Anthemis cotula L.

Stinking Chamomile, Dog Fennel

Anthemis_cotula_plant.jpg
STATS

Introduced
CC = *
CW = 3
MOC = 50

© SRTurner

Family - Asteraceae/Anthemideae

Habit - Taprooted annual forb, aromatic with an unpleasant odor. Foliage sparsely to densely pubescent with somewhat appressed, sometimes 2-branched hairs.

Stems - Ascending to erect, to 50 cm, finely ridged, usually branched above the midpoint.

Anthemis_cotula_stem1.jpg Stem and node.

© SRTurner

Anthemis_cotula_stem2.jpg Stem and leaves.

© SRTurner

Leaves - Basal and alternate, deeply lobed. Basal leaves often wilted at flowering time. Blades 1-6 cm long, oblanceolate to elliptic or ovate, deeply 2 or 3 times pinnately lobed, the basal lobes sometimes appearing fascicled, the ultimate segments linear, 0.5-4.0 mm long, sharply pointed, mostly 1-veined.

Anthemis_cotula_leaf1.jpg Leaf adaxial.

© SRTurner

Anthemis_cotula_leaf2.jpg Leaf abaxial.

© SRTurner

Inflorescences - Solitary heads at branch tips, the stalks 3-8 cm long at flowering.

Heads - Radiate. Involucre cup-shaped to hemispheric, 2.5-5.0 mm long, the bracts more or less in 2 or 3 loosely overlapping series, the outer ones somewhat shorter, elliptic-lanceolate to narrowly oblong or narrowly ovate-triangular, rounded to bluntly pointed at the tip, sparsely to moderately hairy, tan to brown, often with a narrow, green or brown midvein, the midrib not keeled, the margins broad, thin and papery, somewhat irregular to unevenly fringed. Receptacle hemispheric at flowering, elongating to conical or cylindrical at fruiting, solid, with chaffy bracts confined to the central portion.

Anthemis_cotula_head1.jpg Flowering head.

© SRTurner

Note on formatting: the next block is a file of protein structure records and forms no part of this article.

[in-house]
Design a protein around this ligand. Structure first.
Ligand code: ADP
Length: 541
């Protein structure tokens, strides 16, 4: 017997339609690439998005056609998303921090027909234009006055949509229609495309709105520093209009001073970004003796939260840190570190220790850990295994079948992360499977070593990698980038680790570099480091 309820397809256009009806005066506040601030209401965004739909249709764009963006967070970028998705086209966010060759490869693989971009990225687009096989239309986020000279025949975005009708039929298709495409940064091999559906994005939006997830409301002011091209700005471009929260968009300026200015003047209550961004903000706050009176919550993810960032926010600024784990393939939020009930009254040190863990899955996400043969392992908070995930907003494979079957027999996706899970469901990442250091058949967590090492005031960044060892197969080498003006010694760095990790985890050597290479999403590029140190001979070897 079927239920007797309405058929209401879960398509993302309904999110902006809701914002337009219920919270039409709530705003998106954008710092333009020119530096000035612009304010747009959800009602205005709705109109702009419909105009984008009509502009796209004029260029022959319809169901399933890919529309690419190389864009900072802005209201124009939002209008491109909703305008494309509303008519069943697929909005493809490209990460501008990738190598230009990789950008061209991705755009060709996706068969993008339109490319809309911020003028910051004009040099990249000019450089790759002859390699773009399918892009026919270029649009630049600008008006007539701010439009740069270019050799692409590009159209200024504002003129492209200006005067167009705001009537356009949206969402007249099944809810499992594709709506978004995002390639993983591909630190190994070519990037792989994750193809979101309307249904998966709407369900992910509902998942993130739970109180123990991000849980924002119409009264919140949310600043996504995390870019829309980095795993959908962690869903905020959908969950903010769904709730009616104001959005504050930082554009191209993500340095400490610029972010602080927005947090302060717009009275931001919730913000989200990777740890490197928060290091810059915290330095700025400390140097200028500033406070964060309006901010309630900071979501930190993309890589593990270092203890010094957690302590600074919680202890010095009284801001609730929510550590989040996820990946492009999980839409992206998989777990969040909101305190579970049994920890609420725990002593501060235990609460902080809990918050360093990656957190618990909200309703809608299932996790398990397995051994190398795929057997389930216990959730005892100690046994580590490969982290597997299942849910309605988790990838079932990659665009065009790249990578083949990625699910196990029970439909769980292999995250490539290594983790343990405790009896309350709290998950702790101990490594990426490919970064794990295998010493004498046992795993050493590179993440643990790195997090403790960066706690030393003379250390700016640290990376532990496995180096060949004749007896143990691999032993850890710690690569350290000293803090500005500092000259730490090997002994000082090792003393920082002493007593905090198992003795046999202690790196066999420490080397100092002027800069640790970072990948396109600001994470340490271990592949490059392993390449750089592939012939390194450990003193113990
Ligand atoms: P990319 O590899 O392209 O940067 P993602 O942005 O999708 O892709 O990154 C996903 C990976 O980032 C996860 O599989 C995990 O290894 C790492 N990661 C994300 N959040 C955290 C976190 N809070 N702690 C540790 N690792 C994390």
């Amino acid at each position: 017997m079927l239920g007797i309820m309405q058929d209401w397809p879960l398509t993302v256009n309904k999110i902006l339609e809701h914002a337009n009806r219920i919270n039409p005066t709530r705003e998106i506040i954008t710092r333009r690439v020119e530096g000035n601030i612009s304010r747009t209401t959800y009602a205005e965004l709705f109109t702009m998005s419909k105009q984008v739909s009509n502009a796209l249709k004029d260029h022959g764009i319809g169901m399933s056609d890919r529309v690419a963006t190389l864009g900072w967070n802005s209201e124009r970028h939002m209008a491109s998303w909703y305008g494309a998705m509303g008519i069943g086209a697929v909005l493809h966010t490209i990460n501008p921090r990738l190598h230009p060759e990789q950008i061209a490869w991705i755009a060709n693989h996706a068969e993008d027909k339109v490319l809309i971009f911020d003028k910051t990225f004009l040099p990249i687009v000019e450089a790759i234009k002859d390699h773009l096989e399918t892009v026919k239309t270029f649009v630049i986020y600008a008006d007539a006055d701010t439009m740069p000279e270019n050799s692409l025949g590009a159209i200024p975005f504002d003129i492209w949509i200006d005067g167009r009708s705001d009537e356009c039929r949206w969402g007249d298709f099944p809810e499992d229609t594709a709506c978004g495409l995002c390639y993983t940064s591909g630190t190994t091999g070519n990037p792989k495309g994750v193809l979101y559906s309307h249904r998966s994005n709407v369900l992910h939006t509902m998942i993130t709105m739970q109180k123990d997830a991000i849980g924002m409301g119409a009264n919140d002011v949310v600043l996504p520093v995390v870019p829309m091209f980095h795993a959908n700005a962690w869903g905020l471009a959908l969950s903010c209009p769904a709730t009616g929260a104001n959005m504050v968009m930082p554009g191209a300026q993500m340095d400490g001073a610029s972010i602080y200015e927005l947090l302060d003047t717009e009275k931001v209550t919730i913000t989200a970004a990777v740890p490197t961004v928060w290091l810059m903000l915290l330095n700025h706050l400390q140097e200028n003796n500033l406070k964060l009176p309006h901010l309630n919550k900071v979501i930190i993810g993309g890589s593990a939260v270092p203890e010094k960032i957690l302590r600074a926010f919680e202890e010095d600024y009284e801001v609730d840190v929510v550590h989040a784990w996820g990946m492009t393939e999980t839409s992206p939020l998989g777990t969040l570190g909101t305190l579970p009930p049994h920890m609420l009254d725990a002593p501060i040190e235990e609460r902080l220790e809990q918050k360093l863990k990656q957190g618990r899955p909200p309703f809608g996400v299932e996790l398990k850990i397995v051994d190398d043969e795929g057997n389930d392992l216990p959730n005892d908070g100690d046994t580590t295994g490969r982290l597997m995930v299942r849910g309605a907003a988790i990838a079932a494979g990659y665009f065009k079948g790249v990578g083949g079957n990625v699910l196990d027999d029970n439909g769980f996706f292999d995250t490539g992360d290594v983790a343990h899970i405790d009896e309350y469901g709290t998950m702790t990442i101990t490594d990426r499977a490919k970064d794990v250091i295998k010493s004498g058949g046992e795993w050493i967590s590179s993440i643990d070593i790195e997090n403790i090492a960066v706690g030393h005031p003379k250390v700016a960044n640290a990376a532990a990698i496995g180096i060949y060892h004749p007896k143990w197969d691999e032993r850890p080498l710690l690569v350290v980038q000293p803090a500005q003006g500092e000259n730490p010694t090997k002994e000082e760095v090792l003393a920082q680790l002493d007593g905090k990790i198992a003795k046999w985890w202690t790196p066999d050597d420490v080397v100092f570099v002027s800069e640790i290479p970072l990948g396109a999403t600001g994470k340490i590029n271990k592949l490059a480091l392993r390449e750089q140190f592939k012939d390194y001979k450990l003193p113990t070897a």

Anthemis_cotula_receptacle.jpg Sectioned head, showing receptacle. Tips of chaffy bracts are visible as small green projections above the disk florets.

© SRTurner

Anthemis_cotula_involucre.jpg Involucre.

© SRTurner

Anthemis_cotula_head2.jpg Young head.

© SRTurner

Flowers - Ray florets 10-20, sterile, the corolla white, 5-9 mm long, sometimes inconspicuously glandular. Disc florets perfect, numerous, the corollas yellow, 1.5-3.0 mm long, the 5 lobes often minutely glandular. Pappus absent or a very short collar.

Anthemis_cotula_florets.jpg Disk and ray florets. Styles are sometimes visible in the ray florets, but these are undivided and nonfunctional.

The tips of the chaffy bracts are visible in this view as tiny green projections among the central disk florets.

© SRTurner

Fruits - Achenes 1-2 mm long, the ribs appearing strongly cross-wrinkled or tubercled, often also with glands between the ribs.

Flowering - May - October.

Habitat - Forest openings, streambanks, fields, orchards, barnyards, ditches, railroads, roadsides, open, disturbed areas.

Origin - Native to Europe.

Lookalikes - Anthemis arvensis, Matricaria chamomilla, Tripleurospermum inodorum.

Other info. - This small daisy-like plant is found in scattered localities throughout much of Missouri and much of the continental U.S., though it is rare or absent in much of the Plains and (Rocky) Mountain areas. It is recognized by its small, daisy-like flowering heads and highly dissected foliage which emits a foul odor when bruised. This latter trait is probably the fastest means of differentiating the plant from its lookalikes, which it strongly resembles. More technical characters include the solid, conical receptacle, sterile ray florets, and presence of narrow, awl-like chaffy bracts toward the center of the head.

This species is not particularly common in Missouri. Its prevalence in barnyards and pastures suggest that it may be spread as a contaminant in hay.

Photographs taken at the Whiskey Creek sheep farm, near Krakow, Franklin County, MO, 6-16-2021 (SRTurner).